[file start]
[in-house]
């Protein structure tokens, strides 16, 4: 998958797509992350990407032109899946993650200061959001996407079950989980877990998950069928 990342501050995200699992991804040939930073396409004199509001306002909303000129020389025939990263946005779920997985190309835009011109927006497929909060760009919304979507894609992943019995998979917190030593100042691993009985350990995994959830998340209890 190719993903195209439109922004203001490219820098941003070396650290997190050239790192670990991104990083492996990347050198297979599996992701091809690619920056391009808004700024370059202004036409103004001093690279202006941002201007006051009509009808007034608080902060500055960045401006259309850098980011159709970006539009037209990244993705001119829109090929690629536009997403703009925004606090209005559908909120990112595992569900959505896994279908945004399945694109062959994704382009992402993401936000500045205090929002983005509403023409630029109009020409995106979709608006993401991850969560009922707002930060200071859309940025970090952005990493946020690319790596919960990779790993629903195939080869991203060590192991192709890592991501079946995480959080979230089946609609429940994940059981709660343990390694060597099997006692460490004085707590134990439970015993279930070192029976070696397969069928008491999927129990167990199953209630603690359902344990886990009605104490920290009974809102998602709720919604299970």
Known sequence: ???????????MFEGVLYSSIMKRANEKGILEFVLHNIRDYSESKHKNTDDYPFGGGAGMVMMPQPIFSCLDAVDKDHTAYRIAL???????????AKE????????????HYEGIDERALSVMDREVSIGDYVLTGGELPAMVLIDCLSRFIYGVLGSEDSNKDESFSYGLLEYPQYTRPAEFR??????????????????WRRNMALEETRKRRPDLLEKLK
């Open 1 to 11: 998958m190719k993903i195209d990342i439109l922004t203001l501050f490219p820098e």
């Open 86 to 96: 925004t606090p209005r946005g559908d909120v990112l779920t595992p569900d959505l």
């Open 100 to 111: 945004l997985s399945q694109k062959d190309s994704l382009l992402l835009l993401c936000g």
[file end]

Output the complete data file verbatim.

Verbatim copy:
[in-house]
């Protein structure tokens, strides 16, 4: 998958797509992350990407032109899946993650200061959001996407079950989980877990998950069928 990342501050995200699992991804040939930073396409004199509001306002909303000129020389025939990263946005779920997985190309835009011109927006497929909060760009919304979507894609992943019995998979917190030593100042691993009985350990995994959830998340209890 190719993903195209439109922004203001490219820098941003070396650290997190050239790192670990991104990083492996990347050198297979599996992701091809690619920056391009808004700024370059202004036409103004001093690279202006941002201007006051009509009808007034608080902060500055960045401006259309850098980011159709970006539009037209990244993705001119829109090929690629536009997403703009925004606090209005559908909120990112595992569900959505896994279908945004399945694109062959994704382009992402993401936000500045205090929002983005509403023409630029109009020409995106979709608006993401991850969560009922707002930060200071859309940025970090952005990493946020690319790596919960990779790993629903195939080869991203060590192991192709890592991501079946995480959080979230089946609609429940994940059981709660343990390694060597099997006692460490004085707590134990439970015993279930070192029976070696397969069928008491999927129990167990199953209630603690359902344990886990009605104490920290009974809102998602709720919604299970």
Known sequence: ???????????MFEGVLYSSIMKRANEKGILEFVLHNIRDYSESKHKNTDDYPFGGGAGMVMMPQPIFSCLDAVDKDHTAYRIAL???????????AKE????????????HYEGIDERALSVMDREVSIGDYVLTGGELPAMVLIDCLSRFIYGVLGSEDSNKDESFSYGLLEYPQYTRPAEFR??????????????????WRRNMALEETRKRRPDLLEKLK
């Open 1 to 11: 998958m190719k993903i195209d990342i439109l922004t203001l501050f490219p820098e």
């Open 86 to 96: 925004t606090p209005r946005g559908d909120v990112l779920t595992p569900d959505l």
């Open 100 to 111: 945004l997985s399945q694109k062959d190309s994704l382009l992402l835009l993401c936000g």